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  • Writer's picturePatrick Jones

The Church is Shrinking. I Blame Jesus.

I read the new article in Newsweek yesterday. It didn’t surprise me at all. It told me some stuff I have assumed to be true for a while. Things like:

  • Christians accept the attitudes and beliefs of Pharisees more than they do those of Jesus.

  • Christians have only a marginally better knowledge of the Bible than atheists.

  • Most Christians don’t know how or when the Bible was compiled.

None of this surprised me. It really didn’t. My Facebook news feed is filled with links to blogs by Christians telling me how Christians are blowing it.

And I’ll bet yours is too.

I see things everyday about how we’re more focused on making movies than disciples. How my sad, poor generation doesn’t fit in with the Church.

How big churches have this, and small churches have that.

She left the church, what happens next will make you cry.

You’ll never guess why he didn’t fit in his church…

Christian click bait.

You know the next headline. Because you’ve read the articles, too. And you’ve seen the blogs, posts, tweets. They’re everywhere: The Church is not good enough. This isn’t what the Church is supposed to be. The early church was better. Christians are hypocrites.

And it’s all true.


It’s true that the megachurch movement has grown at the expense of the mid-sized church. And it’s true that most churches didn’t have a conversion this year. And it’s true that I’m a hypocrite. And it’s true that you are, too (hypocrite means actor, by the way).

But here’s what else is true: it doesn’t take a doctor to diagnose a compound fracture. You don’t need an degree in IT to tell someone that that their computer isn’t plugged in.

And it doesn’t take a genius to point a finger at Christian culture and say that we have some things wrong about us.

We feel good about pointing our fingers at the Church. In cyberspace we post, link and tweet about how the Church has something wrong—as if, as a follower of Jesus, we aren’t actually in the Church.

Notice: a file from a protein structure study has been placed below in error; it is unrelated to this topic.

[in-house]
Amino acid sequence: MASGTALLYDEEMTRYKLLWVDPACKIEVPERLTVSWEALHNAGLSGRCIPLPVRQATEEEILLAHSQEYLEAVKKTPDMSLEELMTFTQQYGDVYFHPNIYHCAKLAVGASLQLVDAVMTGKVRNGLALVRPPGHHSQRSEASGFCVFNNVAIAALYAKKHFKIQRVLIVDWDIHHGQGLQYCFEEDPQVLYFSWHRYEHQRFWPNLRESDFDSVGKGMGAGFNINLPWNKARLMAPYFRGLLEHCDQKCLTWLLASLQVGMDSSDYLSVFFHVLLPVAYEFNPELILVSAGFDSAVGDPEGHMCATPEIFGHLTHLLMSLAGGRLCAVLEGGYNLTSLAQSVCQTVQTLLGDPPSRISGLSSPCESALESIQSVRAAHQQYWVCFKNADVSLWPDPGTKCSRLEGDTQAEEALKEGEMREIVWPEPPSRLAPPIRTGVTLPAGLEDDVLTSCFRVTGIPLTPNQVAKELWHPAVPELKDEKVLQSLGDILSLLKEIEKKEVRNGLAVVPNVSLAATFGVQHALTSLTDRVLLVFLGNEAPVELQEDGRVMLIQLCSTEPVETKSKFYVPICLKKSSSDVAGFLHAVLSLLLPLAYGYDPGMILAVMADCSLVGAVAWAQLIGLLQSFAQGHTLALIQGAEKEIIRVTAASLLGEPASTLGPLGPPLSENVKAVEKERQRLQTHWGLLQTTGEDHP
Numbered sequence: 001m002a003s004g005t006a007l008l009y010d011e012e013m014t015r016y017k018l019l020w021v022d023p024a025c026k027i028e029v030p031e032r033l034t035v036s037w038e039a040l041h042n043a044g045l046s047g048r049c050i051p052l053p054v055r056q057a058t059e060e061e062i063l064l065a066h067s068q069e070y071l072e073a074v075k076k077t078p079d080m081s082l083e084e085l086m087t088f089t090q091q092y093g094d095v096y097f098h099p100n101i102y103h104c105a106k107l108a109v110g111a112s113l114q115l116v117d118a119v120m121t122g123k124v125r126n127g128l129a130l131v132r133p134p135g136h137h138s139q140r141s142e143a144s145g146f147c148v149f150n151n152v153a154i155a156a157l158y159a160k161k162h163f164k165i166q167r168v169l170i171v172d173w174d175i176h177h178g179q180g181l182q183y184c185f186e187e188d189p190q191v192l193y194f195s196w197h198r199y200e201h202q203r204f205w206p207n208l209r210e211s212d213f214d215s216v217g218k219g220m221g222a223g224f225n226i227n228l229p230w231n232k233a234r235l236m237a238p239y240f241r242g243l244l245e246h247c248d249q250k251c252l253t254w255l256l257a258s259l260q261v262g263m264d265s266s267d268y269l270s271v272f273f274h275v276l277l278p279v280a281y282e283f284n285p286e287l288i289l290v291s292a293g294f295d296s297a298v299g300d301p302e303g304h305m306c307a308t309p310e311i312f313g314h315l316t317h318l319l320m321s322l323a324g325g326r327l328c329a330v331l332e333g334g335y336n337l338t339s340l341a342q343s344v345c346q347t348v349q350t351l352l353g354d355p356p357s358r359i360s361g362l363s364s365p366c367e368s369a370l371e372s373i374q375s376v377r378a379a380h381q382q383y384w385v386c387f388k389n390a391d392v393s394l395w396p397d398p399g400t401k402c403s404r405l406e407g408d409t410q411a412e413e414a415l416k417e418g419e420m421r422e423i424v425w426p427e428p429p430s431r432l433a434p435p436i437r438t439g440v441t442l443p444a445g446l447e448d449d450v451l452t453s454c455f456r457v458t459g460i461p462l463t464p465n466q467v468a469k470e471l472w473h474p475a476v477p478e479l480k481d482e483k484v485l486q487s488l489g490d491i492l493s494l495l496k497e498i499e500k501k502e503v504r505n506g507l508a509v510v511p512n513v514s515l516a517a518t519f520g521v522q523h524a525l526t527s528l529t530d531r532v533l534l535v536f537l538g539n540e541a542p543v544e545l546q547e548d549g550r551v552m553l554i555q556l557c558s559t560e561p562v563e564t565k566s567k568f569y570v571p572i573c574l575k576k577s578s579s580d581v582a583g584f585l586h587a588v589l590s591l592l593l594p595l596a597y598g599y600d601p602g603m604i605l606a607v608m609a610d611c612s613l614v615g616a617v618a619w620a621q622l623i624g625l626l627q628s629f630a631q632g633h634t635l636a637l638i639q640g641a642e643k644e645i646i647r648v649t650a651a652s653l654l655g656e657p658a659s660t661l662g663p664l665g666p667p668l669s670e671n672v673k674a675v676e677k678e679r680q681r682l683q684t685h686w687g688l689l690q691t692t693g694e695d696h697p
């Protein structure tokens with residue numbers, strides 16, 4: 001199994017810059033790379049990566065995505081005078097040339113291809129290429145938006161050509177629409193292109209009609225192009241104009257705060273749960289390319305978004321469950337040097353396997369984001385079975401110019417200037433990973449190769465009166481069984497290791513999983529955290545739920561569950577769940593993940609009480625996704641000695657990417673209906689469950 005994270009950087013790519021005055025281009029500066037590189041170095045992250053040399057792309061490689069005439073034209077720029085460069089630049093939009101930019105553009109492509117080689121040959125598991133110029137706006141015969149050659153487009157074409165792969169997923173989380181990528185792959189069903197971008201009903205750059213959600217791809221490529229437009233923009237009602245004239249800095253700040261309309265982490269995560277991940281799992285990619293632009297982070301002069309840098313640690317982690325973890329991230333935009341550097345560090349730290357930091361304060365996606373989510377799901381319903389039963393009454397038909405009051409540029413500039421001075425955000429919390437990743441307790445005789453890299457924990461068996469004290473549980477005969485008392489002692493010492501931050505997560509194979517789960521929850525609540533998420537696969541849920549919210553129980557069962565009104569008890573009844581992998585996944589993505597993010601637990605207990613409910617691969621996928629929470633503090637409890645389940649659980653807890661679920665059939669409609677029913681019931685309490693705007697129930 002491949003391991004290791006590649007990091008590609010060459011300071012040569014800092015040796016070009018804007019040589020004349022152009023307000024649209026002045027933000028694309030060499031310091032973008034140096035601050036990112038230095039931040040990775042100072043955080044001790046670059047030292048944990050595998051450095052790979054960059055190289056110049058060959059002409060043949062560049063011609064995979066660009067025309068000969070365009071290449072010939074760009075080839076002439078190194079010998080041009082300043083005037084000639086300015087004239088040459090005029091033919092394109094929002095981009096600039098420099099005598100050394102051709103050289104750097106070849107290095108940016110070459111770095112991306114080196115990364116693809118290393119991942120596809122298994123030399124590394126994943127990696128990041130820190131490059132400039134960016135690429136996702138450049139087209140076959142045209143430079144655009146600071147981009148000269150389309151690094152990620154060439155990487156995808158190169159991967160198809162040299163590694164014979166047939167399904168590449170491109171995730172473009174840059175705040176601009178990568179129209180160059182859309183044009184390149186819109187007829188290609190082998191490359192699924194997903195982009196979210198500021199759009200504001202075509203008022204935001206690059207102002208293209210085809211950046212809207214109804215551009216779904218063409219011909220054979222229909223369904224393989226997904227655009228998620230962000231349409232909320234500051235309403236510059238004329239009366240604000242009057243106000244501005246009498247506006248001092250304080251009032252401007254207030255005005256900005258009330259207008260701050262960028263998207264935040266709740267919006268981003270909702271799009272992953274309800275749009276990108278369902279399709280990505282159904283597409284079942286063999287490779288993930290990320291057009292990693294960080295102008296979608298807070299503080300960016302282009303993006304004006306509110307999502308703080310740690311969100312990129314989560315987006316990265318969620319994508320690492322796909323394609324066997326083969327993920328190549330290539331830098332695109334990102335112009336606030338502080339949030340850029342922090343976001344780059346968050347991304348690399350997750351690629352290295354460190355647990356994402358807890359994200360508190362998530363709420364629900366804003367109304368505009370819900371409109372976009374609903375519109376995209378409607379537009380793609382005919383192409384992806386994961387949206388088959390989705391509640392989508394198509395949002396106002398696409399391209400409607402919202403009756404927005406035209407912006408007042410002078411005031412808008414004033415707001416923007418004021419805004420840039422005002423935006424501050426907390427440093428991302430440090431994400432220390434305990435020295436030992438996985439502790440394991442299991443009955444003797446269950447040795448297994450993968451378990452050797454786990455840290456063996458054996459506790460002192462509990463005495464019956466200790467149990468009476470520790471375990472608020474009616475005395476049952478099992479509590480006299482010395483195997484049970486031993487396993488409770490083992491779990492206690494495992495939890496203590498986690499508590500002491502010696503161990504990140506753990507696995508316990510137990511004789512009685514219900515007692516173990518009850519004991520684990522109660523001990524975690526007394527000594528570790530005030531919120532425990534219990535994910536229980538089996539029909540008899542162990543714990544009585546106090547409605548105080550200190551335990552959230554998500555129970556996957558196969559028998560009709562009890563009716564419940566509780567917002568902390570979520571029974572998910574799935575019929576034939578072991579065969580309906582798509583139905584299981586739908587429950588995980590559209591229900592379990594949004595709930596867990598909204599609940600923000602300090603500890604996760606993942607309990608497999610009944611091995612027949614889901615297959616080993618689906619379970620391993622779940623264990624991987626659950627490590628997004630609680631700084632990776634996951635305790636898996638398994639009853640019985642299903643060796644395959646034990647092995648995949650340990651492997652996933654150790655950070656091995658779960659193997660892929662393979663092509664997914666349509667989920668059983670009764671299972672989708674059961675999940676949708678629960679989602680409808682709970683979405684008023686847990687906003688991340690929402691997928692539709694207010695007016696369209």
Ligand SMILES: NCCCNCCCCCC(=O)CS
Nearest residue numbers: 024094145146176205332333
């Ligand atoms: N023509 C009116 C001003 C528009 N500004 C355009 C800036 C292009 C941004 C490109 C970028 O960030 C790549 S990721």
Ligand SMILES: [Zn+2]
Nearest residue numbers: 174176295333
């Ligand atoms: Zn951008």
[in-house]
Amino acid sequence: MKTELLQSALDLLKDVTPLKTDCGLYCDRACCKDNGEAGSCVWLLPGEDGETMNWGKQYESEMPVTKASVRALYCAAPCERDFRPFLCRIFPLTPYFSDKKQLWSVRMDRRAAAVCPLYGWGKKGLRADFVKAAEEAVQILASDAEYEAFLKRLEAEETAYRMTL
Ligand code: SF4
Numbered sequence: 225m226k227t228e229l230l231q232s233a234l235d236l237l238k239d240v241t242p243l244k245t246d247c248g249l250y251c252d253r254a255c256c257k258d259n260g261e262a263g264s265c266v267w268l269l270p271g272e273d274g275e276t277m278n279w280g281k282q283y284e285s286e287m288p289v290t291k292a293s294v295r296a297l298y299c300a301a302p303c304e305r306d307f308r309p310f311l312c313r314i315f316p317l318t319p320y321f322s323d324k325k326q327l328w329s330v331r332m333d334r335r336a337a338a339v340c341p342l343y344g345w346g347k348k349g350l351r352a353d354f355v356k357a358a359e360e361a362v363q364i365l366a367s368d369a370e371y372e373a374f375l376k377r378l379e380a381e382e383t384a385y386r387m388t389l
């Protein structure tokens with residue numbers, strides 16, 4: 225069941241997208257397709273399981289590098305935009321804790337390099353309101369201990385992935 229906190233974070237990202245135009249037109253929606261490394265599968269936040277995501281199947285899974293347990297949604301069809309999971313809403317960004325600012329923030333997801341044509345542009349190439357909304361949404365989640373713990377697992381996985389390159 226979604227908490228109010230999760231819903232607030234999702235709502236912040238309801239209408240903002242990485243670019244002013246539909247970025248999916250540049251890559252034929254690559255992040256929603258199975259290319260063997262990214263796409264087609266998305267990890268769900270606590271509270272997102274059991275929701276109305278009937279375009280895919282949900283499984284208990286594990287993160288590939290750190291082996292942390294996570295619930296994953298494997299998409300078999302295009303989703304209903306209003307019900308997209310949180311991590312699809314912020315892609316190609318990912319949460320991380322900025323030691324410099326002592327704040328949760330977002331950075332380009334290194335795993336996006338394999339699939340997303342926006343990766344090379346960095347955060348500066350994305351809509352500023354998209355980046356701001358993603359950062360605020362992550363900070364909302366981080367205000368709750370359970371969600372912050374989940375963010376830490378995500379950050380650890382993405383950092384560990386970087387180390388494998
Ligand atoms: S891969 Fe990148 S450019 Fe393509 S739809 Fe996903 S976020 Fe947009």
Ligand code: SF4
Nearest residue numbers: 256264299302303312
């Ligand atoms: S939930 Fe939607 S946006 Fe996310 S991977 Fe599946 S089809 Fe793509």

This isn’t attractive to non-believers. We aren’t distancing ourselves away from anything. We’re making ourselves look bad.

Most of the responses to church-bashing blogs are by Christians agreeing with what’s written! We agree that there’s a problem, and we still can’t fix it!

Instead of fixing a problem in our hearts, we…

…look at one weird tradition that a church gets wrong and feel good about ourselves. Because we don’t have traditions. We follow the bible.

…hear about a preacher who cheats or a musician who loses faith and think that  they’re what’s wrong with Christianity.

We look at the state of the Church and its leaders and look for someone to blame.

Well, I’m here to tell you who to blame.

Blame Jesus. It was his idea all along.

So if you’re mad at the Church, get mad at Jesus.


At the end of Jesus’ ministry, Jesus laid out this strategy. His plan. Speaking to His disciples, He said:

“All authority in heaven and on earth has been given to me. Therefore go and make disciples of all nations, baptizing them in the name of the Father and of the Son and of the Holy Spirit, and teaching them to obey everything I have commanded you. And surely I am with you always, to the very end of the age.”

After conquering things like death, Jesus returns to His disciples and spends time encouraging and teaching. These words above are some of the last that he says.